Managing these deluges was important to prevent floodwaters from overwhelming the region’s communities. To help mitigate the excessive rainwater during the rainy seasons, the people of Pingliangtai built and operated a two-tier drainage system that was unlike any other seen at the time. They built simple but coordinated lines of drainage ditches that ran parallel to their rows of houses in order to divert water from the residential area to a series of ceramic water pipes that carried the water into the surrounding moat, and away from the village.

These ceramic water pipes represented an advanced level of technology for the time. While there was some variety in decoration and styles, each pipe segment was about 20 to 30 centimetres in diameter and about 30 to 40 centimetres long. Numerous segments were slotted into each other to transport water over long distances.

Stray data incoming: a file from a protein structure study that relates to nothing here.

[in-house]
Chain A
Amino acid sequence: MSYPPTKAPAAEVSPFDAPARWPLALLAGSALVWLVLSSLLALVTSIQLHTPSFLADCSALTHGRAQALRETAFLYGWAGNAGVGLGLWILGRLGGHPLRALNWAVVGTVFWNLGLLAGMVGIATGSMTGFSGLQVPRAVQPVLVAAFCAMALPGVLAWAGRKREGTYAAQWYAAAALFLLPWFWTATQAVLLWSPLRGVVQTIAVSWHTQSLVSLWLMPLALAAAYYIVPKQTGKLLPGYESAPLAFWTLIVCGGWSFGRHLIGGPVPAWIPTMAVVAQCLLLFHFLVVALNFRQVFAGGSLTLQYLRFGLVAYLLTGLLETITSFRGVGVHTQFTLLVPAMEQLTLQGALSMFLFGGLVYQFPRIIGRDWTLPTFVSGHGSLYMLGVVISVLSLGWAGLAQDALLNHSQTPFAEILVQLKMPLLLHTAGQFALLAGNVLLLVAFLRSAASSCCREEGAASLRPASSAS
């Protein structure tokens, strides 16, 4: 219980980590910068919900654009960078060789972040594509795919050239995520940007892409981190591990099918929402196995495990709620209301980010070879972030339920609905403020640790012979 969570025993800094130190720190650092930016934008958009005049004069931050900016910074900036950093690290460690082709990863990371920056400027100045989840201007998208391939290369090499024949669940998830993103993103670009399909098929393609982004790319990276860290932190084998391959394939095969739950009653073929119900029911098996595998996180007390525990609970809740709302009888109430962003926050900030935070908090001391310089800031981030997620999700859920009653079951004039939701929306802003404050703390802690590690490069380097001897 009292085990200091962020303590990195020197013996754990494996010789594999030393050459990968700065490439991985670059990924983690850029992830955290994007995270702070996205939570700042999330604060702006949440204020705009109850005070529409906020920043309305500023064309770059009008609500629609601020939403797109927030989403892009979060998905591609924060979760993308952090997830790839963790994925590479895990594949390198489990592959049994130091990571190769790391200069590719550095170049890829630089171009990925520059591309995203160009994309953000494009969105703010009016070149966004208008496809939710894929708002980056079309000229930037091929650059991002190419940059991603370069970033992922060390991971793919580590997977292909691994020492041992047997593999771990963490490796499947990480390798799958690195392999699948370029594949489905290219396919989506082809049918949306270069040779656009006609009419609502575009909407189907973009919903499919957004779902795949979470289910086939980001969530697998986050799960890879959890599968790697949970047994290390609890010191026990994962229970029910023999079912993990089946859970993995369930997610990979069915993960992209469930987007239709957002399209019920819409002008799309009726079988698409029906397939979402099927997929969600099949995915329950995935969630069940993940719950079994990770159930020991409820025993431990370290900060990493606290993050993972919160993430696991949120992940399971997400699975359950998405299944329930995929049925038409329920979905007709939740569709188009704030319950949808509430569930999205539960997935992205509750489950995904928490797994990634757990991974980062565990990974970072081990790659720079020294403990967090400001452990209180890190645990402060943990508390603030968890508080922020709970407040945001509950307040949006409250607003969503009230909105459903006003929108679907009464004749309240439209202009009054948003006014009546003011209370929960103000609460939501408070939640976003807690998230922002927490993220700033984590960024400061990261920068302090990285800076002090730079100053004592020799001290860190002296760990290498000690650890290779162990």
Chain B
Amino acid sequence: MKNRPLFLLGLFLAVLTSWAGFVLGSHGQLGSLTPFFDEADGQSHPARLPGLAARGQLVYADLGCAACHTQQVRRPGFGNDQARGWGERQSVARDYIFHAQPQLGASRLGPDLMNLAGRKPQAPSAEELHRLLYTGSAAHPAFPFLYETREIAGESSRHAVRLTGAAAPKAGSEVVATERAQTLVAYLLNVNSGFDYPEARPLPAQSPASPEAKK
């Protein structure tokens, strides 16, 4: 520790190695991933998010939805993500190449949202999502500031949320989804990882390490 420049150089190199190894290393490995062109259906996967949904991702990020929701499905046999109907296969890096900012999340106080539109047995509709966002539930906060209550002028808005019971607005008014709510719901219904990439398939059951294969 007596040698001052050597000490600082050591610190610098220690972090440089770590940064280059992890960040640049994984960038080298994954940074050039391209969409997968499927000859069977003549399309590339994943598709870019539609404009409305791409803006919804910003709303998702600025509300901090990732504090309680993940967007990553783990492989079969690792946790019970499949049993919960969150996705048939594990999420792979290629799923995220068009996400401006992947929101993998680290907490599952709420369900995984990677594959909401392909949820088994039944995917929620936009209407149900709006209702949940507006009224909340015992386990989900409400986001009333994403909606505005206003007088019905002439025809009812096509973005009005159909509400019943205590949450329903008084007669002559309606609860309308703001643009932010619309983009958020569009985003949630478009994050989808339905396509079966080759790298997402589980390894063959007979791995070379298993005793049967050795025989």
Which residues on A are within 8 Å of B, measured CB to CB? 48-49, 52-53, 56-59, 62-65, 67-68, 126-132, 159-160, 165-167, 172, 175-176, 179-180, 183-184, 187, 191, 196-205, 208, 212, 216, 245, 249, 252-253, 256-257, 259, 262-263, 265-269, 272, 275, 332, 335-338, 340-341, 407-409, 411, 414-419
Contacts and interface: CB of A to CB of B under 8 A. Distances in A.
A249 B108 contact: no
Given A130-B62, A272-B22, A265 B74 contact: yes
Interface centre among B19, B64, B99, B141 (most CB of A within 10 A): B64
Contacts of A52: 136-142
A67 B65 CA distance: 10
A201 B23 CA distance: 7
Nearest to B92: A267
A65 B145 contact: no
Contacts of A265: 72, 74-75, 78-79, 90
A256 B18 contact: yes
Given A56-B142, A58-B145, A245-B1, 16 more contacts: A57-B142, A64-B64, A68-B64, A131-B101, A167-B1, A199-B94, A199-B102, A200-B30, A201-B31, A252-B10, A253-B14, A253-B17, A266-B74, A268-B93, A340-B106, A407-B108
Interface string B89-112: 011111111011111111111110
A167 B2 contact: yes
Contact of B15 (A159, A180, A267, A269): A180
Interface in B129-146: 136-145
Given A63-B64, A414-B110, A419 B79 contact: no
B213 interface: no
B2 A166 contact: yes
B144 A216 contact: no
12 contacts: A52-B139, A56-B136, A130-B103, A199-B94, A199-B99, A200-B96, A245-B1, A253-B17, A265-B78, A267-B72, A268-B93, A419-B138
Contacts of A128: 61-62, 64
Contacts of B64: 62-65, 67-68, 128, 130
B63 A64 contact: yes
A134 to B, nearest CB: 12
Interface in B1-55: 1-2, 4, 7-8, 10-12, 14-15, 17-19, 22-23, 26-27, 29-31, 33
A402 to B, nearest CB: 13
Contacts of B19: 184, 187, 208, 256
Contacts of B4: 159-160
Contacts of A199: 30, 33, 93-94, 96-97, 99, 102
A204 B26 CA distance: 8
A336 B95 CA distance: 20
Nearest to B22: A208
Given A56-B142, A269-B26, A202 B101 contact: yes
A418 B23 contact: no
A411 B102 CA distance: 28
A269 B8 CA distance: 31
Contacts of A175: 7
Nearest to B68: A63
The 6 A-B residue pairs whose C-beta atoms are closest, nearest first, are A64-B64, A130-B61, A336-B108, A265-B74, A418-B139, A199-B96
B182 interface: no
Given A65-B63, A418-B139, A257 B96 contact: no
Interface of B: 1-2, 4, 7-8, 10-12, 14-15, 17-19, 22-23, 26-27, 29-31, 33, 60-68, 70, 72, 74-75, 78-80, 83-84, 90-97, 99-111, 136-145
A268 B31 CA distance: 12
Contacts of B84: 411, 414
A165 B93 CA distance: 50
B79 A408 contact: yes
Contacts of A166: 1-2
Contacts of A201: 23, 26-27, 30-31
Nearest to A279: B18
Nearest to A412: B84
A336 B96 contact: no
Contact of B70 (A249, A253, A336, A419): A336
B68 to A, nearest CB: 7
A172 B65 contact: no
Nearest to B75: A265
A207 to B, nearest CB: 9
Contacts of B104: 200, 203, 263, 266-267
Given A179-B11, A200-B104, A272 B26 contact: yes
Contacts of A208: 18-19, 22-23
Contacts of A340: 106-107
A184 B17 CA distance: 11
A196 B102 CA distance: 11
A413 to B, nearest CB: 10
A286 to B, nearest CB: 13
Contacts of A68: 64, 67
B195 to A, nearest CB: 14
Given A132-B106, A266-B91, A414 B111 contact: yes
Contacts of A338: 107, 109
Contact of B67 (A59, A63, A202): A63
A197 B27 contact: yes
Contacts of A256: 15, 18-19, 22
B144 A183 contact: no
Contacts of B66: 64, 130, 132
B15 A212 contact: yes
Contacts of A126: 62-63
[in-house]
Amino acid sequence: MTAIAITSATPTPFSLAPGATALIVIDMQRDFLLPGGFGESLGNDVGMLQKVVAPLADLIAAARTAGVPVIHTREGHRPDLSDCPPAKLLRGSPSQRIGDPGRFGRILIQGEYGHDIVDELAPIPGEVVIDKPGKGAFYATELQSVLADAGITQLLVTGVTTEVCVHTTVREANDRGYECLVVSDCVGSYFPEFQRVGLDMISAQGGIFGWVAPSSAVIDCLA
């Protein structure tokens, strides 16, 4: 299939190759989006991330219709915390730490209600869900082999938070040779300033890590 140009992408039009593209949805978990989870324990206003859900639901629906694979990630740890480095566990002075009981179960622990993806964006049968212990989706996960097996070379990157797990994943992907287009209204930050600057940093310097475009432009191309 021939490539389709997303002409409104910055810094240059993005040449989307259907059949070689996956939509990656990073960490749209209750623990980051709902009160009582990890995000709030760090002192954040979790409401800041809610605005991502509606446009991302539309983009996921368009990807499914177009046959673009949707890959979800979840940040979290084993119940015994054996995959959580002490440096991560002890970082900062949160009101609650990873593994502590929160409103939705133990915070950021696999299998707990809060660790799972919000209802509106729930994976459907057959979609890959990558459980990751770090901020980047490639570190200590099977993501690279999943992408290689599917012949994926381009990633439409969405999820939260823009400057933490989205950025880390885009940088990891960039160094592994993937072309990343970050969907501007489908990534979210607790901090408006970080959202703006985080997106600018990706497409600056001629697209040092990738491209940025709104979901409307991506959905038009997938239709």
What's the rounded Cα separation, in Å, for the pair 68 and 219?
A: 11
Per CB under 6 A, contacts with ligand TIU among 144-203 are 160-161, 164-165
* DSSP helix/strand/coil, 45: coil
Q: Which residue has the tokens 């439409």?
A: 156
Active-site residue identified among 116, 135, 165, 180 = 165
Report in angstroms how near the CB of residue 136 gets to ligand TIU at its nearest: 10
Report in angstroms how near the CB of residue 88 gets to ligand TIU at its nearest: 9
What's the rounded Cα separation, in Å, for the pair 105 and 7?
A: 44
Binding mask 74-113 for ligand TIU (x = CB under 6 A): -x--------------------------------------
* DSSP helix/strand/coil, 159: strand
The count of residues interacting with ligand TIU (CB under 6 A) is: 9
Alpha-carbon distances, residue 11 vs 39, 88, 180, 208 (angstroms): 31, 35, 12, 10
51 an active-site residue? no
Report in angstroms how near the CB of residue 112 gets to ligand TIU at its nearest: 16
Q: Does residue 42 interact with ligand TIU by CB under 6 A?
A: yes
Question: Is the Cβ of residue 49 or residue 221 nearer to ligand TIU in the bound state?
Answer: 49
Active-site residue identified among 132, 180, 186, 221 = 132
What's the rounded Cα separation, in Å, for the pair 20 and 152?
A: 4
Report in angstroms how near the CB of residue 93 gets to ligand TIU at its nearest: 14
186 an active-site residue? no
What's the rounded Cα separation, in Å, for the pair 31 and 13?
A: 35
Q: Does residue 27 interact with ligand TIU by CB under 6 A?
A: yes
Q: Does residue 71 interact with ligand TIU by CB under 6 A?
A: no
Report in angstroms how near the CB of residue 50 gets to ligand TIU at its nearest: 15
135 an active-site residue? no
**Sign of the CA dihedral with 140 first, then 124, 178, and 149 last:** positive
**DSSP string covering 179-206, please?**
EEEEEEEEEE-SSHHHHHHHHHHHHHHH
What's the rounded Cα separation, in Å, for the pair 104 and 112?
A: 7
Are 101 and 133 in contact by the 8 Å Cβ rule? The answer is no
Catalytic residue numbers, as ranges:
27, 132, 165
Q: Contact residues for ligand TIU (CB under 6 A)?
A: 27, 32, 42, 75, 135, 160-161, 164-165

Researchers cannot say specifically how the people of Pingliangtai organised and divided the labour amongst themselves to build and maintain this type of infrastructure. This kind of communal coordination would also have been necessary to build the earthen walls and moat surrounding the village as well. 

The Pingliangtai drainage system is unique from water systems elsewhere in the world at the time. Its purpose to drain rain and flood water from monsoons differs from other neolithic systems in the world, many of which were used for sewerage water drainage or other purposes.

Funding was provided by the National Natural Science Foundation of China, the National Natural Science Foundation of China and the Newton Advanced Fellowship of the British Academy.


Notes to Editors

For more information or to speak to the researchers involved, please contact: Michael Lucibella, UCL Media Relations. T: +44 (0)753 941 0389, E:

Chunxia Li, Yanpeng Cao, Chi Zhang, Ling Qin, Zhenhua Deng, Yan Chen, Shuzheng Zhu, Wei Li, Junping Yuan, Hai Zhang & Yijie Zhuang, 'Earliest ceramic drainage system and the formation of hydro-sociality in monsoonal East Asia’ will be published in Nature Water on Monday 14 August 2023, 16:00 UK time / 11:00 US Eastern Time and is under a strict embargo until this time.

The DOI for this paper will be 10.1038/s44221-023-00114-4.